Eating out in Germany is fairly affordable, although prices differ depending on the choice of restaurant. A decent meal costs about €10 in an inexpensive restaurant. The same will cost €30-40 per person in a more upscale restaurant. There are, however, plenty of cheaper alternatives. A combo meal in a fast-food restaurant will cost €8, a Chinese takeaway goes for €5-7, while a kebab set is €3-5. Drinks in a bar are around €3.50 for a 0.5L draft beer and €6.00 for a glass of good quality wine. You’ll also pay €2.69 for a regular cappuccino and €2.26 for a 0.33L bottle of Coke/Pepsi.
Other forms of entertainment include going to the movies, which cost about €10 per person. Renting a tennis court for an hour costs €18.82, a fitness club costs €29.21/month, while a concert ticket goes for around €95.
The monthly cost of public transport
Public transportation in Germany is highly efficient, reliable, and reasonably priced. Expect to pay around €2.70 for a one-way ticket. An all-inclusive monthly ticket costs between €60 and €90/month.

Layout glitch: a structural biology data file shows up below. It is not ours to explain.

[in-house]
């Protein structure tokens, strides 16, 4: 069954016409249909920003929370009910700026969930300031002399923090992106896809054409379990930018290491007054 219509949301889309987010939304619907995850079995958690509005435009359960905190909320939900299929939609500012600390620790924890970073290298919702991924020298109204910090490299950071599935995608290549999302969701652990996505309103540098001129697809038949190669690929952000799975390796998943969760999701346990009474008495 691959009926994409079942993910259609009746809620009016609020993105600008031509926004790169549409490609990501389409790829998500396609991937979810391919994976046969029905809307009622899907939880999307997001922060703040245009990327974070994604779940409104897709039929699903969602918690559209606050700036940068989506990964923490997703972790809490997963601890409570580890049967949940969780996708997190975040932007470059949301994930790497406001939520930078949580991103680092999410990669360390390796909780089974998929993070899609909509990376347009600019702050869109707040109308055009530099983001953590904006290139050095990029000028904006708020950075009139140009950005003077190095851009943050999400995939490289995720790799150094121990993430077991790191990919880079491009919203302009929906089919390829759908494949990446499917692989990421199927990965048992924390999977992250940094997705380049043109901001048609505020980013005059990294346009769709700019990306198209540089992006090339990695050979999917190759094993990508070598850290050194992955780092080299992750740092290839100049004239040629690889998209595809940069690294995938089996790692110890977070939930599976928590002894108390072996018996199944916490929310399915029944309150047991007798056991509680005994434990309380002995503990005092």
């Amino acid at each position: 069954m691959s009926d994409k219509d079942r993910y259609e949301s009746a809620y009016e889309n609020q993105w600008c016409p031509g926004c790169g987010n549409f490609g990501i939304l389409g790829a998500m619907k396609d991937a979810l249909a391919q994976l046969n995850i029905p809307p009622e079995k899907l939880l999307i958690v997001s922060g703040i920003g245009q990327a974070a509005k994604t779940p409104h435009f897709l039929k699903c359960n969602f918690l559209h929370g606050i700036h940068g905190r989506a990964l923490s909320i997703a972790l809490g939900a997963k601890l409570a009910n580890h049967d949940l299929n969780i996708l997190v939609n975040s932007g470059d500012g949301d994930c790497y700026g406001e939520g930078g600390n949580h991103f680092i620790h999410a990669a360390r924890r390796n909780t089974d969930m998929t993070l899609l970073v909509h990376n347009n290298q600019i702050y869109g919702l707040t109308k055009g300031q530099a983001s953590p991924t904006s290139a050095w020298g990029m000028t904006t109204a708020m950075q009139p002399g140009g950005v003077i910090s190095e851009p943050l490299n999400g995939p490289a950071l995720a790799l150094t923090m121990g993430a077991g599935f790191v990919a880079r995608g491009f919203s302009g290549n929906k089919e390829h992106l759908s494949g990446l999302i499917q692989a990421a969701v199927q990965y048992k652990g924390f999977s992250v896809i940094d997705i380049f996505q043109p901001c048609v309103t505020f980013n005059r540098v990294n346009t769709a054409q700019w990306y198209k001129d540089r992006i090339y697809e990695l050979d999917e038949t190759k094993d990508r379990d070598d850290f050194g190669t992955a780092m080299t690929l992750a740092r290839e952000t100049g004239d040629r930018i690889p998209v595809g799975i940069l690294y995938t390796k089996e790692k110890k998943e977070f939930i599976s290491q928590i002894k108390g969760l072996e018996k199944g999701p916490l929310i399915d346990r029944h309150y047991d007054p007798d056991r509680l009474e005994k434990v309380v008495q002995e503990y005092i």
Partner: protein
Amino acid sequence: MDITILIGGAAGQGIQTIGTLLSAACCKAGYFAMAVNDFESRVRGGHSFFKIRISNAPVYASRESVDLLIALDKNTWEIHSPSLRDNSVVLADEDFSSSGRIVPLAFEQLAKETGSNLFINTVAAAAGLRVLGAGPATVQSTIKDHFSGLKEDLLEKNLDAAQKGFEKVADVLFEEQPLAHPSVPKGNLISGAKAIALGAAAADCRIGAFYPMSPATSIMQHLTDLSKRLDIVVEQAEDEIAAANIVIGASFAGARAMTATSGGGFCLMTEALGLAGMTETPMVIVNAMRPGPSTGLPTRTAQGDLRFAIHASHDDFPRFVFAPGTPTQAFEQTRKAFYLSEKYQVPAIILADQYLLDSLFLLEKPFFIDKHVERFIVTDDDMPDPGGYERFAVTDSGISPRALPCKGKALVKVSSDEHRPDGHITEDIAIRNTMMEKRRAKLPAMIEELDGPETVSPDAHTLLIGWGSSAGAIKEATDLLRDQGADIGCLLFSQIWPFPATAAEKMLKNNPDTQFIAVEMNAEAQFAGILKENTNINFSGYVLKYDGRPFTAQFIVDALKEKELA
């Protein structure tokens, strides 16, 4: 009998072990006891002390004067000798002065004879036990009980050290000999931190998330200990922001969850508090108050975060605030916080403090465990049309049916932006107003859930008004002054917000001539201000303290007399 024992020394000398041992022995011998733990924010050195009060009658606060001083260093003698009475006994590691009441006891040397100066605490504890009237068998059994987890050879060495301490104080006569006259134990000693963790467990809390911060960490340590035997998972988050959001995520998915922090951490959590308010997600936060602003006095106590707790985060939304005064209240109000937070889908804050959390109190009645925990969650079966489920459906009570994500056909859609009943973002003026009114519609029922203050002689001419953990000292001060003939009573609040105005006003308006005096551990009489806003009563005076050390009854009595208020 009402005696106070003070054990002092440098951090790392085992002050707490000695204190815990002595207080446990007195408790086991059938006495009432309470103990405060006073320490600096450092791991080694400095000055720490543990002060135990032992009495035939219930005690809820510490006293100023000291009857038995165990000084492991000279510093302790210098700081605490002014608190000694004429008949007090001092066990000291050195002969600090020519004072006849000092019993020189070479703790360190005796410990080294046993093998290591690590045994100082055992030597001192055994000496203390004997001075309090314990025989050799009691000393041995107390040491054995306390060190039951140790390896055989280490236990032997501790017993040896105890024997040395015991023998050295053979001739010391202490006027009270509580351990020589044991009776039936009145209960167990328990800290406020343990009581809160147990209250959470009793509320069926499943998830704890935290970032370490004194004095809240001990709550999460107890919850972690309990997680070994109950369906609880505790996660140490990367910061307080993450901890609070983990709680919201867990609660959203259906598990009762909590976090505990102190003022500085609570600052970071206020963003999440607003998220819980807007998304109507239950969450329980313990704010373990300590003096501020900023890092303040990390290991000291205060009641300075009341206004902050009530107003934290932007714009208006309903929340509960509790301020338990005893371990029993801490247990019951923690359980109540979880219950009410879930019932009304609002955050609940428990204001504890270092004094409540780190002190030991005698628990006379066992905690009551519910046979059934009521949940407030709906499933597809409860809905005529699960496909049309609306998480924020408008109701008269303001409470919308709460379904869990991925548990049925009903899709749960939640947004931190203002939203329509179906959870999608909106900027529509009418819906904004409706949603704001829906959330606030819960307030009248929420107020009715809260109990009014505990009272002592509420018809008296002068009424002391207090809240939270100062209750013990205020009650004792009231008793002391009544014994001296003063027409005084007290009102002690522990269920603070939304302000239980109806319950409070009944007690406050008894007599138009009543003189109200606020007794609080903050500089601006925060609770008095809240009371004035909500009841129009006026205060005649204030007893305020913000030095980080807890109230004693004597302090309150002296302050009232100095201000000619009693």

Trains are often the most efficient and fastest way to get around. Watch out for special offers such as the Bahn card, which often gives 25%, 50%, or 100% discounts on your train tickets, and is valid for a year. Buses are slightly less expensive than trains, especially if you book your ticket in advance. You can also use the Bahn card on buses.
Taxi tariffs start at €3.20-3.60, and the cost/km is about €2.
Owning a car in Germany isn’t necessary, but you can still get one for convenience. A new Toyota Corolla goes for €20,585, while a Volkswagen Golf costs about €20,000. Alternatively, you can go for used cars in Germany, which are among the least expensive in Europe. Running it will, however, cost you quite a bit given the high cost of car insurance and maintenance. Note that a liter of gasoline is €1.42, while a liter of diesel is €1.22.
Cost Of Living in Germany VS the USA
The cultures of these two countries are nothing but the same. Germans exude a ‘play-it-safe’ attitude, while Americans have a ‘go get it’ kind of attitude. There are several other differences between Germany and the US but today I’ll focus on the varying living costs between these two countries.
Generally, the cost of living is 2.5% cheaper in Germany than in the US. If you lived in Germany instead of the US, expect to pay less for housing, groceries, entertainment & sports, childcare, as well as personal care. As you can see, this list comprises of some of the largest expenses in every household. You’d, however, have to pay more for transportation, restaurants, utilities, and clothing.
Here’s a more specific comparison of cost of living per month in Germany VS the USA:
|A pair of jeans||€76||€39|